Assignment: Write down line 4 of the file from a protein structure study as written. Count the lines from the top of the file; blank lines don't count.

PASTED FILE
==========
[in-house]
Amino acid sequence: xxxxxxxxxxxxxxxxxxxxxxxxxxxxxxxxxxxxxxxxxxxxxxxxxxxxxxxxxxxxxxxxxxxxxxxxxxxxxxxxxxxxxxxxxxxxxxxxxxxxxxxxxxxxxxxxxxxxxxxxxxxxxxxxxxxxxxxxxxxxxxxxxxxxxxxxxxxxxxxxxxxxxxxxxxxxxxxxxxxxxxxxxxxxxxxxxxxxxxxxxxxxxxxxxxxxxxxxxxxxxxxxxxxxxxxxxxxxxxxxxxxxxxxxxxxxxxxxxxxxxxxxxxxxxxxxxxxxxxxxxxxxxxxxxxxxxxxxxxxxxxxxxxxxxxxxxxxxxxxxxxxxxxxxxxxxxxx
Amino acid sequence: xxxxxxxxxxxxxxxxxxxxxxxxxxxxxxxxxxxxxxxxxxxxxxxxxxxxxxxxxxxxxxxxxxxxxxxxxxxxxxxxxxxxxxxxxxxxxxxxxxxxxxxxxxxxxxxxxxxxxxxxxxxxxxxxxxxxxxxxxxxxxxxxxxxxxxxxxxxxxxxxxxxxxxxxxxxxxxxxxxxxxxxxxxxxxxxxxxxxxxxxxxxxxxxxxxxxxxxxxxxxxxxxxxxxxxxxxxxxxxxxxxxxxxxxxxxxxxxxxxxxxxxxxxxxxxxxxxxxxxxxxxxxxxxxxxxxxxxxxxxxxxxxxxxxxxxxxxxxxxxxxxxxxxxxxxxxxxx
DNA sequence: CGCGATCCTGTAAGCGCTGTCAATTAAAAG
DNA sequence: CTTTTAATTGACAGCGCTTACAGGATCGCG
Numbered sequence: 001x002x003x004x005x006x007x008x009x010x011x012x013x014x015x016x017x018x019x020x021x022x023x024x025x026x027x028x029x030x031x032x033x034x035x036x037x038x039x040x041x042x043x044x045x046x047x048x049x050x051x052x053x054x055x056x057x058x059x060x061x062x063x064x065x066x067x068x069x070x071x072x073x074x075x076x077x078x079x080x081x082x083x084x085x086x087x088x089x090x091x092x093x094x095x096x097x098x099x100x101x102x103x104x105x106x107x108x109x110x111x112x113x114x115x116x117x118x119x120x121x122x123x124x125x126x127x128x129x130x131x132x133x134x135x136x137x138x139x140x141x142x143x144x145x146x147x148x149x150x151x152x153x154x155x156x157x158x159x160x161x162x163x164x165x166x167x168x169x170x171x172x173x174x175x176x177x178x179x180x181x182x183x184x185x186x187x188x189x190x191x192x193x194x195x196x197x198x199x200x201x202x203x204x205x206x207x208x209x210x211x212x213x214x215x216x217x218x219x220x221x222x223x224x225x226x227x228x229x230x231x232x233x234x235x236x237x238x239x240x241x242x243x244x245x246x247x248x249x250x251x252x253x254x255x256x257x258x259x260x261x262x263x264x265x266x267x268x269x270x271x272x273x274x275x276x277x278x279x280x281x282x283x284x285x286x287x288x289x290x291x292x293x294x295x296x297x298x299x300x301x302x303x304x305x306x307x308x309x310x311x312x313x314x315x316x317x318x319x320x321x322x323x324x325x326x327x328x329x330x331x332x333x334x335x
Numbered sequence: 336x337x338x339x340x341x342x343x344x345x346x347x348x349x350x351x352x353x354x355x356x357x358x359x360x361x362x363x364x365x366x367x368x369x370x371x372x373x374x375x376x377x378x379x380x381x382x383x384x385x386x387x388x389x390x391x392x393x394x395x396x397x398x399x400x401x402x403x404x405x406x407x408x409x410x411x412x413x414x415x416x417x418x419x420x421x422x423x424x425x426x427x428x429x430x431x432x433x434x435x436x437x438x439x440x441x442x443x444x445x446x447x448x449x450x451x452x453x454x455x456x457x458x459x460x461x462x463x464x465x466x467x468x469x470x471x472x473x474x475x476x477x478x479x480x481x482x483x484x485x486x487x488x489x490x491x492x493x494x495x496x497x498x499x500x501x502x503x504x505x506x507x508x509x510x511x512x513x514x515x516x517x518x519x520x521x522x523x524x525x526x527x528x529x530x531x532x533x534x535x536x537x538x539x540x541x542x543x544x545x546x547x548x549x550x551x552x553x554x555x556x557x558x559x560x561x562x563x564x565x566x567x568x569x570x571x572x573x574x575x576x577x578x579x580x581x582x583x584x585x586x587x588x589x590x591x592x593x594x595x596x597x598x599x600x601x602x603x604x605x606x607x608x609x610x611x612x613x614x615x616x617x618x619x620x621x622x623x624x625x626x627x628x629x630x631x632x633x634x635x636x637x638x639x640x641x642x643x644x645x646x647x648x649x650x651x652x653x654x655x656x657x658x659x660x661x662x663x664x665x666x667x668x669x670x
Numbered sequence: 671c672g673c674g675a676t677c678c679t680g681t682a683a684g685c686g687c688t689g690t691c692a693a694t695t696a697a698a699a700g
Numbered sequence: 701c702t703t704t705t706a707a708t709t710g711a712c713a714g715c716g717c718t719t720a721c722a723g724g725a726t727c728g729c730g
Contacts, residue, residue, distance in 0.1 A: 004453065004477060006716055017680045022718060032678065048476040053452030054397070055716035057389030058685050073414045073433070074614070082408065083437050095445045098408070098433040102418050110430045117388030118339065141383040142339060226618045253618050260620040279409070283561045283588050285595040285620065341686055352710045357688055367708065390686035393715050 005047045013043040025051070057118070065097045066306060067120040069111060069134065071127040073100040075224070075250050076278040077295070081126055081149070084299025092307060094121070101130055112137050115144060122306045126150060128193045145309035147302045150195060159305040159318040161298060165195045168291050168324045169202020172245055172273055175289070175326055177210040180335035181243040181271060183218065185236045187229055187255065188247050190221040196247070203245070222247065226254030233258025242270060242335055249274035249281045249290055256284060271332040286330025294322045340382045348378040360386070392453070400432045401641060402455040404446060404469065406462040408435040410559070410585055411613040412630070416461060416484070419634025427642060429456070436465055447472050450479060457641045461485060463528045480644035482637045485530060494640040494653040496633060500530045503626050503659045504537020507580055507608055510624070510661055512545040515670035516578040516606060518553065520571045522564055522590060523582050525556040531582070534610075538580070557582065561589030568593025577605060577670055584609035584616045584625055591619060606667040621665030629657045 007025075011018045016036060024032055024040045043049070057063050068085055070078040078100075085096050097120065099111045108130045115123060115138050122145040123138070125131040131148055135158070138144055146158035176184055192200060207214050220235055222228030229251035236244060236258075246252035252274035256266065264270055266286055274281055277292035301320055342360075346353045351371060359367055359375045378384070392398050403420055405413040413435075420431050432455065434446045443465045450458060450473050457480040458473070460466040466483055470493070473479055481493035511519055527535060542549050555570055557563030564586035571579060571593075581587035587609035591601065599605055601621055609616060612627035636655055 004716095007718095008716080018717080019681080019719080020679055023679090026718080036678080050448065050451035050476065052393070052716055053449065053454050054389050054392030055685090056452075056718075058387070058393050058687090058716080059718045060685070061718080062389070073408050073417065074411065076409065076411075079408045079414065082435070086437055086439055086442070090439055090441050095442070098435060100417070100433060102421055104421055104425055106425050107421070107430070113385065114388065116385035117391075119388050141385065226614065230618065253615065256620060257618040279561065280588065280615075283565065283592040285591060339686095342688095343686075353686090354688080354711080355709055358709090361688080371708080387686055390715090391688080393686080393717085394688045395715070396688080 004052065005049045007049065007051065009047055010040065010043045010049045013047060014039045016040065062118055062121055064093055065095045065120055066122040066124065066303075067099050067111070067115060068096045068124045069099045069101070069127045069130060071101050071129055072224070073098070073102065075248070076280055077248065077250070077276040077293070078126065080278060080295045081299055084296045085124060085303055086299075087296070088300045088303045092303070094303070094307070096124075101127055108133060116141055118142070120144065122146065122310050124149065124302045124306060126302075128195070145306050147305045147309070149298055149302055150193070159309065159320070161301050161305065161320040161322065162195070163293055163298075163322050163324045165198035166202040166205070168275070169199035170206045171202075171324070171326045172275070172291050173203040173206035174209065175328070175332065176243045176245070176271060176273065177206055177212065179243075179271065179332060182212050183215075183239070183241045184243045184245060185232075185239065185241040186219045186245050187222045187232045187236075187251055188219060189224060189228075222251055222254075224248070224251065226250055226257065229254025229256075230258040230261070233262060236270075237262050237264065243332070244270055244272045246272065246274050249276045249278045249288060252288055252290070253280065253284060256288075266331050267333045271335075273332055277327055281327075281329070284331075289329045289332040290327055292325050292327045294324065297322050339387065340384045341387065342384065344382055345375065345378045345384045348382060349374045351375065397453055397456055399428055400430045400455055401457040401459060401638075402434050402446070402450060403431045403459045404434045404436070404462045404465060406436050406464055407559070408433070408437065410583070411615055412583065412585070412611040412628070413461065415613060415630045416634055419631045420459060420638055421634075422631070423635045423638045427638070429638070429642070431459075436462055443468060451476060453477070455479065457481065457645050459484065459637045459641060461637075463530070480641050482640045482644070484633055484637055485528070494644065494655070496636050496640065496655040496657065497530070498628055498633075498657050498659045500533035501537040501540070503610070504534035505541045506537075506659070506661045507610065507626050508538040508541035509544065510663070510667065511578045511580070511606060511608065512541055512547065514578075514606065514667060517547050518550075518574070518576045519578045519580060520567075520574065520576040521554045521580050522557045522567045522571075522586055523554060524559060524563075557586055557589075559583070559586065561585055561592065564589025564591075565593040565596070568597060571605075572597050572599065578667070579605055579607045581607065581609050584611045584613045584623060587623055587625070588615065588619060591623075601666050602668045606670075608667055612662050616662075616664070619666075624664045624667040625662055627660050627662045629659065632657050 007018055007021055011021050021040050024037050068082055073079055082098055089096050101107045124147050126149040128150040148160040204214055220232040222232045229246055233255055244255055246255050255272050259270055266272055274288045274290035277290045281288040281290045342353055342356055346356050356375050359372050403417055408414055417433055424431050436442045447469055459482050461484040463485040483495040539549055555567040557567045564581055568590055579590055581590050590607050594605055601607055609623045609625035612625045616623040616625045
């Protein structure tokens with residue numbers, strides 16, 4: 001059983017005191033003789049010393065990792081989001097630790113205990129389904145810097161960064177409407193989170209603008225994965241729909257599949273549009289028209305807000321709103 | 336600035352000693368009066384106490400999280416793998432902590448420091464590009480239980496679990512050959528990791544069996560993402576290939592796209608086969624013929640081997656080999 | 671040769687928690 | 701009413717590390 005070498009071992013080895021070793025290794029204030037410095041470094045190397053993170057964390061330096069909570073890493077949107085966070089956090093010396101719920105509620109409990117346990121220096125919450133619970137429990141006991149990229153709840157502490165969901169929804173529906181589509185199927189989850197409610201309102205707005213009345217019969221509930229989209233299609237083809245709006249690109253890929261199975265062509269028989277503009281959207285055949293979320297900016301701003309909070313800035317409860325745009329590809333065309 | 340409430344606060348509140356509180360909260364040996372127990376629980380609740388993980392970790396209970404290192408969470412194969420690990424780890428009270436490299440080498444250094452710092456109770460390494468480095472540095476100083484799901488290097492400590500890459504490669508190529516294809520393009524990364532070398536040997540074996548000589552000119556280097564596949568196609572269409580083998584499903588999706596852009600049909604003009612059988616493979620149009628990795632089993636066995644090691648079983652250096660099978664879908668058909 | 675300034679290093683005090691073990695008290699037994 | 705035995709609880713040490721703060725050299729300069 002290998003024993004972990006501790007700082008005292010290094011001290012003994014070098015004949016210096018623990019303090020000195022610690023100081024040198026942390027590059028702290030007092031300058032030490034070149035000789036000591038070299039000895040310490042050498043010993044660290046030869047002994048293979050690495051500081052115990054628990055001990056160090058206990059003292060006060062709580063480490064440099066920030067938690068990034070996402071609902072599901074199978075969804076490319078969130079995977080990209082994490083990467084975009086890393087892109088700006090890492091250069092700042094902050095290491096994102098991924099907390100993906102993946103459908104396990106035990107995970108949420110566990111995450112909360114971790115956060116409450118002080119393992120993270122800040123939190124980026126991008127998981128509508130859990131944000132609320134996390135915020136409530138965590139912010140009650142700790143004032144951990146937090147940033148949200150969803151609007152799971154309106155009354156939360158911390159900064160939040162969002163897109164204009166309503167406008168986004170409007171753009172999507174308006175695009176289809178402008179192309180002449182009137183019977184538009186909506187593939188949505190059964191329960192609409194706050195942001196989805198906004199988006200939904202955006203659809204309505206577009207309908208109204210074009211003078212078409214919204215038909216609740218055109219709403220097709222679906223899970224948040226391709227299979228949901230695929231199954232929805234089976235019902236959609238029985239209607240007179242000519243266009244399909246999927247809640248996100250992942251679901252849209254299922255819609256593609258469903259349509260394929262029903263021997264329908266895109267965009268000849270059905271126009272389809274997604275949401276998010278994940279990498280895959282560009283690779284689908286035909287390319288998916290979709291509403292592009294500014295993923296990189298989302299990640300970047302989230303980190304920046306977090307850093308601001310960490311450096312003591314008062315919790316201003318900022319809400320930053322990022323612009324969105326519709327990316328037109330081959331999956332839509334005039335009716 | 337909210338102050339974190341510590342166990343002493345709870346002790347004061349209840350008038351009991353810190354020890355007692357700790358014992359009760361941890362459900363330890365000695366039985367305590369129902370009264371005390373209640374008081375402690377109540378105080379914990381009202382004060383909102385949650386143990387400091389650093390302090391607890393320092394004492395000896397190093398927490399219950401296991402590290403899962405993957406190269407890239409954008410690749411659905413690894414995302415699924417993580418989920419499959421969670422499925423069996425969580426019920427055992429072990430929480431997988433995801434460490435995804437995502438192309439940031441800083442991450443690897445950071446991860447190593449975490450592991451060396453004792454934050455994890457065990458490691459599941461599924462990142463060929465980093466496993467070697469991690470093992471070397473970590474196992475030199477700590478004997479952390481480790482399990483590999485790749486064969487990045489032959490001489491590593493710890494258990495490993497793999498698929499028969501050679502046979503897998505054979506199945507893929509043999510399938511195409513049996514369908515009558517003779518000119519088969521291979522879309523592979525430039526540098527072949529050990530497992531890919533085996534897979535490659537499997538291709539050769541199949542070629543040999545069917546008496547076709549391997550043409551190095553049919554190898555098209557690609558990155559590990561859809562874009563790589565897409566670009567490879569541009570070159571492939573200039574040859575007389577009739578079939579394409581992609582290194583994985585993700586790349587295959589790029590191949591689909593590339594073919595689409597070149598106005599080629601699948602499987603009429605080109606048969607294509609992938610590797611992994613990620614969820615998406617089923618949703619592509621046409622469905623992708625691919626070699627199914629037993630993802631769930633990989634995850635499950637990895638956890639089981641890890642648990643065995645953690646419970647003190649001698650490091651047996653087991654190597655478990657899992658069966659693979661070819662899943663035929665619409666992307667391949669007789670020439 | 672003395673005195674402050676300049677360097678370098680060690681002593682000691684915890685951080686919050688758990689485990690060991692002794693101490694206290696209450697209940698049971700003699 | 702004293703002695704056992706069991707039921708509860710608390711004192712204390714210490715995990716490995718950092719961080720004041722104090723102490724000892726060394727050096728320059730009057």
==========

DNA sequence: CGCGATCCTGTAAGCGCTGTCAATTAAAAG